In this Video Neil takes a detailed look at the advanced features of the Arturia Mini V, An expanded software emulation of the classic MiniMoog Vintage Synthesizer.
Routing separate sequences to separate analog synthesizers in different formats the Serge tkb oversees all control voltage tracking tasks. These sounds were created and tweaked live.
Additional info about the Serge:
A few words about Serge sequencers. Note that Serge/Sound Transform does not make a traditional keyboard like you see on most other synthesizers, such as Moog, Roland, etc. You can get a traditional vintage control voltage keyboard (Roland, Moog, Polyfusion, etc.) and interface it to the Serge, since the Serge adheres to the 1 volt/octave standard. Or you can generate a control voltage from your MIDI keyboard and an interface.
Sound Transform follows the Buchla model of offering a touch sensitive keyboard/sequencer unit, as well as more traditional simple sequencers. Originally, they offered a sequencer whose stage was selected by push buttons. This is what’s called a sequencer-programmer: you could use it in an automatic mode as a traditional sequencer, or use it manually to select/program voltages you set. So you can mimic a traditional keyboard if you want by tuning each stage to various notes. Or discard the traditional keyboard concept and simply use it to fine-tune different parameters in your patch for later recall.
The TKB is the hub of the sequencers – each stage has a corresponding output that goes high when it’s selected. This complements the other sequencers, which have an input that, when high, causes that stage to be selected. So the TKB can be used to control another sequencer, or whole sets of other sequencers, regardless of the number of stages they might have.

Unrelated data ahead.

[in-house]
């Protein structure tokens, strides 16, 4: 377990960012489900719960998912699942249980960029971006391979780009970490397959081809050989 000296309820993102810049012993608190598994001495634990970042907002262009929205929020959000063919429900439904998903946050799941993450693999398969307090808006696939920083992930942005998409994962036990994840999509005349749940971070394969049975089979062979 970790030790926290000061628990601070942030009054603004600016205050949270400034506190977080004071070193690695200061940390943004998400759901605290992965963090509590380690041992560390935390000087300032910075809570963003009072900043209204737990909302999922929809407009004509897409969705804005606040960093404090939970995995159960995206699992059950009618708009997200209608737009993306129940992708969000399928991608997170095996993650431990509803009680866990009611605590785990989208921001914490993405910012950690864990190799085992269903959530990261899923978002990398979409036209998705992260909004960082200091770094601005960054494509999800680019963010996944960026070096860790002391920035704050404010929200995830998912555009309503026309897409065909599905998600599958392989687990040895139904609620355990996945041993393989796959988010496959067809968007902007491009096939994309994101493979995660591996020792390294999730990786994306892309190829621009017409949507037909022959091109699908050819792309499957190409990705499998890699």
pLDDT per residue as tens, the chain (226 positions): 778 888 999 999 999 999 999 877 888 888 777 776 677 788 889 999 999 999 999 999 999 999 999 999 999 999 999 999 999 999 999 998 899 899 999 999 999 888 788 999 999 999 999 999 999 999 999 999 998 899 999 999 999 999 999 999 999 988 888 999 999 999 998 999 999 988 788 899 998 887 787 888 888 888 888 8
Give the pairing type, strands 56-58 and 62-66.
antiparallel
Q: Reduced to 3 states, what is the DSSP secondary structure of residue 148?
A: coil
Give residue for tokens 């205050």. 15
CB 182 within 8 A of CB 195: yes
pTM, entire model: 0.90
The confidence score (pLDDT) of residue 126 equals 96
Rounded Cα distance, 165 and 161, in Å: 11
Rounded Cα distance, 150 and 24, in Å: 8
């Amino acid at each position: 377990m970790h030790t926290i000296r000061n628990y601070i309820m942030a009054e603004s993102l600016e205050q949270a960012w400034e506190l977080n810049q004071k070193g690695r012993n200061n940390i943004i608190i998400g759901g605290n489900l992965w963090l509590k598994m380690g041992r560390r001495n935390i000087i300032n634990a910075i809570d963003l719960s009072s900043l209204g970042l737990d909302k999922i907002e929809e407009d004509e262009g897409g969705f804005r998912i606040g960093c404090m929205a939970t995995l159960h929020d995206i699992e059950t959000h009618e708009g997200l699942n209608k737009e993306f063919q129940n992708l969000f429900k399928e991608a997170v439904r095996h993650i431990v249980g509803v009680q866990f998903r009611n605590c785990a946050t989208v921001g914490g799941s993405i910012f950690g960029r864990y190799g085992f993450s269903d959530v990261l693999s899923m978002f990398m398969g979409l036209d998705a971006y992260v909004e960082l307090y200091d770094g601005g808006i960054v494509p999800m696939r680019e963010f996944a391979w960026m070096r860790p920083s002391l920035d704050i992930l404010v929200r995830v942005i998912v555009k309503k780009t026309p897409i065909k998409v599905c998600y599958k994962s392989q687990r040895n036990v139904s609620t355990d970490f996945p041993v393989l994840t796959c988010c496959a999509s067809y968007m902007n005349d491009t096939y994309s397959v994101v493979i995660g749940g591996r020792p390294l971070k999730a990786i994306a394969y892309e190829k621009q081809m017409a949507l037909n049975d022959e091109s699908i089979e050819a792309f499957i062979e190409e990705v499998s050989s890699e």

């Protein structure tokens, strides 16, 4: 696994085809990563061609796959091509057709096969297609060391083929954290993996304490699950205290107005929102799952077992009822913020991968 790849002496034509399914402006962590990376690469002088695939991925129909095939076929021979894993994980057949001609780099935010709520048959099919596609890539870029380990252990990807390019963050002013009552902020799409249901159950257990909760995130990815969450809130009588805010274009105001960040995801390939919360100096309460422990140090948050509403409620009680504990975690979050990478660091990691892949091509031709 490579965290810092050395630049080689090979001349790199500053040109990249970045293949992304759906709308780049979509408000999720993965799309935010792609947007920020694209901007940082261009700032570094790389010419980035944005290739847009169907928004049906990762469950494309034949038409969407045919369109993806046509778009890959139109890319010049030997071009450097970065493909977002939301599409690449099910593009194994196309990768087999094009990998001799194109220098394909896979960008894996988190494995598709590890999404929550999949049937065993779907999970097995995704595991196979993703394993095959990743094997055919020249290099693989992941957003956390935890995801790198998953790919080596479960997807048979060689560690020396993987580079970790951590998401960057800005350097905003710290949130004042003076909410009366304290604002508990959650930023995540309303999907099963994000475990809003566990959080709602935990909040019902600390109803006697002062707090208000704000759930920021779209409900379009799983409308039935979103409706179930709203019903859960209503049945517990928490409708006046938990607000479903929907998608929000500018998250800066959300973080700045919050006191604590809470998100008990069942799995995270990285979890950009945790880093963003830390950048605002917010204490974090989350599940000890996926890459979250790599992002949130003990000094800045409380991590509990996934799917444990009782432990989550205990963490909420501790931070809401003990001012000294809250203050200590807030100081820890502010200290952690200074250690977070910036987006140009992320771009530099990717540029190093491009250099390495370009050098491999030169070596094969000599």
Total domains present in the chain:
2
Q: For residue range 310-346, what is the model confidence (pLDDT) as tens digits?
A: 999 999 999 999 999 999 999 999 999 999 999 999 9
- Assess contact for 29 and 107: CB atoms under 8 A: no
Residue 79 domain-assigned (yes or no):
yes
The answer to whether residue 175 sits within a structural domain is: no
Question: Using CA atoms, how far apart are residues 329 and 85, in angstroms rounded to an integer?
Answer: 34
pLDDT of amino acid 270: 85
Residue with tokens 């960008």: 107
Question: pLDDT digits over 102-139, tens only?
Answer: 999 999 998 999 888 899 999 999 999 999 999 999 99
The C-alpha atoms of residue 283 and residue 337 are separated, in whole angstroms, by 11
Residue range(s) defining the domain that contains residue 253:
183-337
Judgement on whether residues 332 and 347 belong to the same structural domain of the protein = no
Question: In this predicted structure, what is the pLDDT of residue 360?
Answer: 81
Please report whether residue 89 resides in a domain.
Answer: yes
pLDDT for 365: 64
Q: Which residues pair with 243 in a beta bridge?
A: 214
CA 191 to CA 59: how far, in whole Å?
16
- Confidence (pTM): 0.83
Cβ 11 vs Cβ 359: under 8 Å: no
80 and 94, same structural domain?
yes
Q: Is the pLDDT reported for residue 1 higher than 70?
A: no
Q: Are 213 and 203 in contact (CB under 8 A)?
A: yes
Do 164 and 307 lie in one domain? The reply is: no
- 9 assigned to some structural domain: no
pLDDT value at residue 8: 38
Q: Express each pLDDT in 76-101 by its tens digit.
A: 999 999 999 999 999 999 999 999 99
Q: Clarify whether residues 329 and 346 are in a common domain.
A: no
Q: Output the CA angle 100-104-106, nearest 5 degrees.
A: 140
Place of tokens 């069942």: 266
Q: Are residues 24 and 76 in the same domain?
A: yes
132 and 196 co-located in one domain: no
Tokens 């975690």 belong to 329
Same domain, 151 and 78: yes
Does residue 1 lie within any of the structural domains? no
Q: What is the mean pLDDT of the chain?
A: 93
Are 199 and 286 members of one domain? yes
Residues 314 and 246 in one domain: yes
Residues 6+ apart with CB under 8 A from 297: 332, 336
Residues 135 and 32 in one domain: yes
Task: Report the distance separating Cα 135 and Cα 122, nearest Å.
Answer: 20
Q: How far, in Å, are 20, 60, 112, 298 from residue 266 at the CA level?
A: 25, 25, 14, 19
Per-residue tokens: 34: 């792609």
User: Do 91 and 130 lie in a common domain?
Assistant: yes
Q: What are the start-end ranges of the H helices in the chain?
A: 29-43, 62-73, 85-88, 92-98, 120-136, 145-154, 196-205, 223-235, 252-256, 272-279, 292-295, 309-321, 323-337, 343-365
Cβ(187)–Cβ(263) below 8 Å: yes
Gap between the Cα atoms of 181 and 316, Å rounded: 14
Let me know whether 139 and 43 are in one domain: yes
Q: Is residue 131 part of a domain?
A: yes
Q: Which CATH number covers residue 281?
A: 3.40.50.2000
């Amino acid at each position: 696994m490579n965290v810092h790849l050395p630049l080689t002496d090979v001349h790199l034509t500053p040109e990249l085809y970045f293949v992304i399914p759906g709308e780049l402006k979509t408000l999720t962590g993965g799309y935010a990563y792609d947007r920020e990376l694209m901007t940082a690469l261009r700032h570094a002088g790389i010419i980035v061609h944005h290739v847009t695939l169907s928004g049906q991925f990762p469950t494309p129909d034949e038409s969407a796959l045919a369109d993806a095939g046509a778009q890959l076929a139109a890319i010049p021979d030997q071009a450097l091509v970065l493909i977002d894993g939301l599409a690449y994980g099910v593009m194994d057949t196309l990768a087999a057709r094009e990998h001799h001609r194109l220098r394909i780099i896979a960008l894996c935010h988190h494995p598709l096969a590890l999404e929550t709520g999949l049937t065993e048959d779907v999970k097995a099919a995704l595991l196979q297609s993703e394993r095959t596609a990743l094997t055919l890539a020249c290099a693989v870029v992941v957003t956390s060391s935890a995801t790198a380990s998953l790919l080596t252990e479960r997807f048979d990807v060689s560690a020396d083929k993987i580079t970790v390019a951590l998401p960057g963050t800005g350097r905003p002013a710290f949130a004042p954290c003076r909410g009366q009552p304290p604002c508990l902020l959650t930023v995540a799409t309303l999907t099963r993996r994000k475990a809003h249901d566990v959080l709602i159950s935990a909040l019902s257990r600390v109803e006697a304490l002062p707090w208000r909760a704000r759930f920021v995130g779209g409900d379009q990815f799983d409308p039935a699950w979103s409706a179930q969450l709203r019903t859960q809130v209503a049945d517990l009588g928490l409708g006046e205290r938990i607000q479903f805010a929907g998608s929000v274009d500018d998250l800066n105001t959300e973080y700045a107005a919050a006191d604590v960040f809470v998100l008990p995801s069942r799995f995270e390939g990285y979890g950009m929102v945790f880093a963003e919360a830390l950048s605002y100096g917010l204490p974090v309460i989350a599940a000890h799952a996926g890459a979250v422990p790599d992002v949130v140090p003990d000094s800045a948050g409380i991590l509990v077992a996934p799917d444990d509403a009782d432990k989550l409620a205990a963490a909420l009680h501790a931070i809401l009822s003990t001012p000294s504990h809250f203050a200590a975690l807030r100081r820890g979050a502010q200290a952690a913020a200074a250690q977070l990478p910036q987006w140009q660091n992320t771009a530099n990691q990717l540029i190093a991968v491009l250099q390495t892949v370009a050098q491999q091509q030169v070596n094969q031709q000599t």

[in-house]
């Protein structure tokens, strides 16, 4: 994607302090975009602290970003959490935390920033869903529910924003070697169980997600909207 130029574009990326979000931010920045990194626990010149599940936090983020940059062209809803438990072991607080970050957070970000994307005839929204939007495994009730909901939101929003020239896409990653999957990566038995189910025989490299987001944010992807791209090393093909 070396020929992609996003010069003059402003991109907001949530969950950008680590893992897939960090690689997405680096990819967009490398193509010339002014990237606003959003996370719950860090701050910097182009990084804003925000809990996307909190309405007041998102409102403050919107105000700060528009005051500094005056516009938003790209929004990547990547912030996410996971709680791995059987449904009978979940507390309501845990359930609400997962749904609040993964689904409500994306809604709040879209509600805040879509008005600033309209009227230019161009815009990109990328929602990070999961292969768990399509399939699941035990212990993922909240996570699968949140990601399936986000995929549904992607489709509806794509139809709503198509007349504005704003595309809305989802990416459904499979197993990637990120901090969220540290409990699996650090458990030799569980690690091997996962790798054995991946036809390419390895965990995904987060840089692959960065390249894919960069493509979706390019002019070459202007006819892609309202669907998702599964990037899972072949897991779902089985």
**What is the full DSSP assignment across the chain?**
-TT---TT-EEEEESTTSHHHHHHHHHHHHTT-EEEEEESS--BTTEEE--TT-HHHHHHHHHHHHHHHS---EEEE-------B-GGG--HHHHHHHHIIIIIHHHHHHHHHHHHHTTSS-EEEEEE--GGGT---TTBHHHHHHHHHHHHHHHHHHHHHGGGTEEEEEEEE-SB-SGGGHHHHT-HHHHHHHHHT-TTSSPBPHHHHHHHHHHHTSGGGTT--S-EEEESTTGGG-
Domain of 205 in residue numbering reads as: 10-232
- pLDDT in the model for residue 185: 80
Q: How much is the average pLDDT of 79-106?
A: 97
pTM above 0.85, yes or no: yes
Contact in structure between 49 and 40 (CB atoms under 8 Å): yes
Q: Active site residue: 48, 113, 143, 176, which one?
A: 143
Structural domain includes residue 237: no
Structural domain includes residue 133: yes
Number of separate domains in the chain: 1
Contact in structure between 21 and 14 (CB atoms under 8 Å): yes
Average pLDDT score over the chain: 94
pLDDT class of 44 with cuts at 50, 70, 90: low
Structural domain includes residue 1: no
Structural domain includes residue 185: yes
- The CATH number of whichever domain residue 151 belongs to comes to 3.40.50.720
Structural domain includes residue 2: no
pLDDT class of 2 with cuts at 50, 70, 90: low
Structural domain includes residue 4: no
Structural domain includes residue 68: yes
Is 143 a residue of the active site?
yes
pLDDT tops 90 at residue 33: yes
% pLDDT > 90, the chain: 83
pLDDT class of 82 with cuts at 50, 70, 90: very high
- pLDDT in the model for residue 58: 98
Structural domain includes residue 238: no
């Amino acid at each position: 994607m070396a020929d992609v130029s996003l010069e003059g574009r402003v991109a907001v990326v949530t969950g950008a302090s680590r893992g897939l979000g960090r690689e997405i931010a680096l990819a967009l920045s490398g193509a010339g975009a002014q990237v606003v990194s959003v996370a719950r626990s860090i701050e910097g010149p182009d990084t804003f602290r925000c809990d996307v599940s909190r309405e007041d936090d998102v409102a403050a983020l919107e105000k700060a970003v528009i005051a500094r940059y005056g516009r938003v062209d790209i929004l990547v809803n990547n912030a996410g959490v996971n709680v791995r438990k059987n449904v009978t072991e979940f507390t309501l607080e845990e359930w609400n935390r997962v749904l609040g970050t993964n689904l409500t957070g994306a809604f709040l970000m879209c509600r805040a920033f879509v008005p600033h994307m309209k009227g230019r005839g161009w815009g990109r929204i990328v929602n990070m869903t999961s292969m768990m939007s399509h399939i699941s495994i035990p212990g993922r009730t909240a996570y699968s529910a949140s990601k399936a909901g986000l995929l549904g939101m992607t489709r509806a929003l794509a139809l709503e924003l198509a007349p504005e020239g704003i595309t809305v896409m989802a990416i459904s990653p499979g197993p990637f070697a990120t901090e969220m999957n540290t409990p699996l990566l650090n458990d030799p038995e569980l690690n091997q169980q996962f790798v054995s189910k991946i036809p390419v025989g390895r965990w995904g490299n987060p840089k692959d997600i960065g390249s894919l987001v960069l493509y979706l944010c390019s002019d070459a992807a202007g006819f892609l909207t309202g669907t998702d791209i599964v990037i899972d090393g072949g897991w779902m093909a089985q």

Sound Transform offers a set of Serge sequencing programmers, from four to eight stages, plus the Sequencer with eight stages, and the TKB with sixteen stages. Confused? What they call their regular Sequencer is not a sequencing programmer in that each stage is selectable by a button but not by a stage select input. The sequencing programmers have stage select inputs. And the TKB has stage select outputs.
The sequencers are a little ‘bare’ in that none of them have an internal clock. You must use another module as a clock source, and typical sources are the DSG, DTG, and the Smooth section of the SSG, patched to oscillate. But they do have cute features such as step trigger inputs for RESET, UP/DOWN, and HOLD.
Most of the Serge sequencers are optionally available with an internal connection to a quantizer. Why would you want that? The quantizer forces the range of the stage pots into stepwise note intervals. So as you turn the pot, it isn’t a continuous rise or fall, but steps up and down a scale. This makes tuning much easier and more reliable. The variable outputs are still available on quantized sequencers also.